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J. R. Graves (search for this): chapter 133
r upon a career as glorious as can be found in the annals of the world. The South has been slow to assume her present position. It was only after she had patiently submitted for long years to aggression and insult, repeated and aggravated, that she consented to break up the old nationality. Now confiding in the justice of her cause, and looking to the Ruler of the Universe, she can calmly and hopefully await the result. The Tennessee Baptist is strongly in favor of secession. Rev. J. R. Graves, its principal editor, just returned from a journey through the South, says:--I learned something more about the politics of the masses of Mississippi and Louisiana. I had read in certain newspapers that the people in Louisiana are sound Union men at heart, and that secession is the work of politicians. So far as I travelled in Mississippi and Louisiana I found the people thoroughly secessionists — those who voted the cooperative ticket are now firmly fixed in sentiment. You may w
Jesus Christ (search for this): chapter 133
thousands stand ready to fly to the standard of our Southern Confederacy to maintain its integrity or perish in the attempt. Let us play the man for our people, and for the cities of our God, and the Lord do what seemeth him good. Let prayer be made without ceasing unto God, and the result is not doubtful. The Methodist Protestant, of Baltimore, says: We make no pretensions to statesmanship, we are no cabinet officer, we know little of state-diplomacy, but we think we know enough of Christ and his religion to be certain that war, and especially civil war, is a most cruel and wicked thing. It is anti-Christian, and a nation like ours ought not engage in it. Moral force at an era of civilization like that in which we live, ought to be able to settle State difficulties. The points of national honor upon which men dwell so eloquently, are as likely to be overrated as the points of personal honor in the ordinary duel. And what is this war likely to be? A gigantic duel between t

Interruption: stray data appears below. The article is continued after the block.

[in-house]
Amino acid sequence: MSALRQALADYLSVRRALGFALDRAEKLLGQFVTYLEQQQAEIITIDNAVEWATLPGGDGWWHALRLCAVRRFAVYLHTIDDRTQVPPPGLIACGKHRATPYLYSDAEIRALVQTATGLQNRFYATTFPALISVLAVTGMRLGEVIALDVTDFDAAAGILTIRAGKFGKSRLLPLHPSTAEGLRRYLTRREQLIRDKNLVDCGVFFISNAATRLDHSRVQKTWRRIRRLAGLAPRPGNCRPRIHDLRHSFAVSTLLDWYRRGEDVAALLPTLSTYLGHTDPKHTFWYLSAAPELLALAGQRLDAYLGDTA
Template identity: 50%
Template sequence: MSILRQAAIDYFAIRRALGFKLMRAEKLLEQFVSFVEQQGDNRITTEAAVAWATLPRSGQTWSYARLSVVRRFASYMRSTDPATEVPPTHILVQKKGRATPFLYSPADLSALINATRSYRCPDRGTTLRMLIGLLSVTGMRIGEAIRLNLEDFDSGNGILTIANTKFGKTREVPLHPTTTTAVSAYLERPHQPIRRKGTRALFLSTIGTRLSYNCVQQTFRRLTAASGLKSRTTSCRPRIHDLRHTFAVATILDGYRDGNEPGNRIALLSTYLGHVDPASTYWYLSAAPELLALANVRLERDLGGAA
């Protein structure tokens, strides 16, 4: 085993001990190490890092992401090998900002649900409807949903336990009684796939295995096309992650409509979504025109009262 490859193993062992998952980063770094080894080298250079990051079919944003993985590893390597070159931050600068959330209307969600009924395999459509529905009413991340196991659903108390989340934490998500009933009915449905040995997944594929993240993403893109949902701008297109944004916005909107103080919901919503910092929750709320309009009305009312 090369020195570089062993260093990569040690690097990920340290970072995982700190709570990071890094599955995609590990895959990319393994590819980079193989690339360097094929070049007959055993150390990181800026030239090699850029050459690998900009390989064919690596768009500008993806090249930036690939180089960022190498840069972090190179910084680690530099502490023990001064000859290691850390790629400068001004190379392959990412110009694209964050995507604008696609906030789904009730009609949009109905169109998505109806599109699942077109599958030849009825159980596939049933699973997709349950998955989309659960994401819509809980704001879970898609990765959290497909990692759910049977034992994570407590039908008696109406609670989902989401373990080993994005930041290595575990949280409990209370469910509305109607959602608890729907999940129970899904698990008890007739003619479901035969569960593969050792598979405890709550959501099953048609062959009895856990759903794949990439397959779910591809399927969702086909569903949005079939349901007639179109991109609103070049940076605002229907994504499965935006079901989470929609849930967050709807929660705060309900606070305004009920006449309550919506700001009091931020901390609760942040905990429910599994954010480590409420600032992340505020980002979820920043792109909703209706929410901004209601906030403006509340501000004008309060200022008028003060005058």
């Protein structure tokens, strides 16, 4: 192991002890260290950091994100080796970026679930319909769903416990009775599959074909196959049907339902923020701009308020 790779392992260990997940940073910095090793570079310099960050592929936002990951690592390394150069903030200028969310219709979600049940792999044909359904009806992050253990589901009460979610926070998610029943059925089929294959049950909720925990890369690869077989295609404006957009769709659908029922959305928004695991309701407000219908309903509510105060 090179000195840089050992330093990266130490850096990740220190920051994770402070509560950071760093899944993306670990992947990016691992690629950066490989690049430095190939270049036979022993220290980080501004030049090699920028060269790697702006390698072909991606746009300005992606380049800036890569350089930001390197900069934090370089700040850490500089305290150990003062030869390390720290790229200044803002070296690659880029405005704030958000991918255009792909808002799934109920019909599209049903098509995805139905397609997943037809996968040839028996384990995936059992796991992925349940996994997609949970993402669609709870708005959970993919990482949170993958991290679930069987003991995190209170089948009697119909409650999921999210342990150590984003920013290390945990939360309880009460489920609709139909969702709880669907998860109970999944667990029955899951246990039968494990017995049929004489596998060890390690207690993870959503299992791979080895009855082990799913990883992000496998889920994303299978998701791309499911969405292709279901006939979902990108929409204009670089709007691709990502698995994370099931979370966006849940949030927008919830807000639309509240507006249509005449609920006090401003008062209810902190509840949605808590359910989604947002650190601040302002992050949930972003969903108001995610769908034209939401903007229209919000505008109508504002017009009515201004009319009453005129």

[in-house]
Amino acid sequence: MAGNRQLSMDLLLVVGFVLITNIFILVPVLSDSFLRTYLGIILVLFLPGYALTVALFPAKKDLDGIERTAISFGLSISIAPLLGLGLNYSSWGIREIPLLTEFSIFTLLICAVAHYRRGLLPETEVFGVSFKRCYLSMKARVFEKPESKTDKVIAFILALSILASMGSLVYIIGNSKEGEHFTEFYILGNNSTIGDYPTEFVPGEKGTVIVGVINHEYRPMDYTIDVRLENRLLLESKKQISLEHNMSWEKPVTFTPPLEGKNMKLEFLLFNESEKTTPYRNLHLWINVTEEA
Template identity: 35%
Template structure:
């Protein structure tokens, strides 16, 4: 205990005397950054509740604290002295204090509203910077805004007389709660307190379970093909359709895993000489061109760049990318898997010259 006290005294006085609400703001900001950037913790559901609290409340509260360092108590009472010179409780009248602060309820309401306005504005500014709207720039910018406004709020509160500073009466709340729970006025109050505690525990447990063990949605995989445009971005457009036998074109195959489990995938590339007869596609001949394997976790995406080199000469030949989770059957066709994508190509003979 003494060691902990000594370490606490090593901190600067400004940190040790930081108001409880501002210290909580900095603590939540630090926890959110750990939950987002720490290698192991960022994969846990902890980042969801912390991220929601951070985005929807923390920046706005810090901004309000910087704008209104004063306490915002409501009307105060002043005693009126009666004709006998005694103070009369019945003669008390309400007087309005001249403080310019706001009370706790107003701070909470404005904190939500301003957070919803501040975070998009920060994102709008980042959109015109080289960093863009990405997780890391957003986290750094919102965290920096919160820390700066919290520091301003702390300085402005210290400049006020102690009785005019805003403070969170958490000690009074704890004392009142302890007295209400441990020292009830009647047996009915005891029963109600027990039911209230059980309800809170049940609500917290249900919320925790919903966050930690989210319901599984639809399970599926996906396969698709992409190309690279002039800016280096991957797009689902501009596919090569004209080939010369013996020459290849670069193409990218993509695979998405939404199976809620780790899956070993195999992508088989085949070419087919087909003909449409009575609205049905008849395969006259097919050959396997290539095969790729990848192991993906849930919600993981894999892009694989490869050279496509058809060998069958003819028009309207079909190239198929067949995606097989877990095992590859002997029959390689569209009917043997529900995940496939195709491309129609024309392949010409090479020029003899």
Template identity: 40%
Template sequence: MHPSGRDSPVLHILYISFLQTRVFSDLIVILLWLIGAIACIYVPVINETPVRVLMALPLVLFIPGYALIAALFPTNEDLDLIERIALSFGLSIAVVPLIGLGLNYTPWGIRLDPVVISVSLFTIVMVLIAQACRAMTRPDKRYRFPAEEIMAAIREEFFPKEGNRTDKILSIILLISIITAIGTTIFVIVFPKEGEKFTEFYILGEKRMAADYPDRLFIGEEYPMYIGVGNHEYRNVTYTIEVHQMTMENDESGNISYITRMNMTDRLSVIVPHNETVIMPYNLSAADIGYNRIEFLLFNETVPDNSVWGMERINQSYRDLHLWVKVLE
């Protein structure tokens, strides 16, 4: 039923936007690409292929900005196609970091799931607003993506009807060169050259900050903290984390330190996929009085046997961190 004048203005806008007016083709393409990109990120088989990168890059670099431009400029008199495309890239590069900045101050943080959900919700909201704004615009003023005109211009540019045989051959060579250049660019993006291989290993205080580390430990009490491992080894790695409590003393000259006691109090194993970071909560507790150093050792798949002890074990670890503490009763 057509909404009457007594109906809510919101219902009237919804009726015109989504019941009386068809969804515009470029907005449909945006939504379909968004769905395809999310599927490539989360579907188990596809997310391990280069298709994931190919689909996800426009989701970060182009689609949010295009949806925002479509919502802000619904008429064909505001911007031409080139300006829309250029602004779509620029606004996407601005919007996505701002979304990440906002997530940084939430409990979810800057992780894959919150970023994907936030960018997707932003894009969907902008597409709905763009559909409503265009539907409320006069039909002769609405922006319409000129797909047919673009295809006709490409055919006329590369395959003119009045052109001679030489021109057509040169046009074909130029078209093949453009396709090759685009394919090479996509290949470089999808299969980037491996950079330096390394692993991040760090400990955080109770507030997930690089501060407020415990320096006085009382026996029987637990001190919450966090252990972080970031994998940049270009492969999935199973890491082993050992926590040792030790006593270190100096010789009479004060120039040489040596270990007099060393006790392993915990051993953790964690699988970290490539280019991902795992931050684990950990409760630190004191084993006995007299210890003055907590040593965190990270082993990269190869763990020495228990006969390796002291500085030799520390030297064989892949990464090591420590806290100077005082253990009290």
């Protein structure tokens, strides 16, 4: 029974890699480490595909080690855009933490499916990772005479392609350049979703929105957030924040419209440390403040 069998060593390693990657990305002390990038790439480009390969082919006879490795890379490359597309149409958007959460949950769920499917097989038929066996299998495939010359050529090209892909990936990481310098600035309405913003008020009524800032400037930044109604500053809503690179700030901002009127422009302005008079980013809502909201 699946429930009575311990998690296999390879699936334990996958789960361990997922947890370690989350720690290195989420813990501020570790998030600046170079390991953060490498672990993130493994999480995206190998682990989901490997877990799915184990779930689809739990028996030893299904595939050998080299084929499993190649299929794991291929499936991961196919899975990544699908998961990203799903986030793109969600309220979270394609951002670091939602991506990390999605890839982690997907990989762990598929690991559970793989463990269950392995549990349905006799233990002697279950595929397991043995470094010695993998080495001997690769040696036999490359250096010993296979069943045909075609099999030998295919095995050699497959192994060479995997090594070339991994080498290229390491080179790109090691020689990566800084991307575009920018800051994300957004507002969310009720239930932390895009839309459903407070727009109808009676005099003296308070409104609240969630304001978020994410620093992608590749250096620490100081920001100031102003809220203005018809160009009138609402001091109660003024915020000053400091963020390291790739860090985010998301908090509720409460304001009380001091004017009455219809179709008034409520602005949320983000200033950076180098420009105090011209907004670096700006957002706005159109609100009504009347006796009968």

Abraham Lincoln (search for this): chapter 133
The Mississippi Baptist, after describing the war policy of President Lincoln with reference to the Confederate States, adds: If he ceet in battle array.--President Davis has a policy as well as President Lincoln, a policy which he will as assuredly carry out,--a policy whipurpose existing on both sides, and says: What then? Will Mr. Lincoln and his cabinet pursue to the bitter, bloody end their fiendish hristian Index, of Georgia, throws the whole blame of the war upon Lincoln and his advisers ; says that upon the part of the South it is a waacy, and also Kentucky and Tennessee, and perhaps Arkansas; and if Lincoln persists in his coercive policy, President Davis will have no othen to Northern prowess. Thus will we force the ill-advisers of Mr. Lincoln to acknowledge and recognize our secession; we will compel an eqommanded by Southern officers, may suggest to these hirelings of Mr. Lincoln what Southern men can and will do when their wives and children
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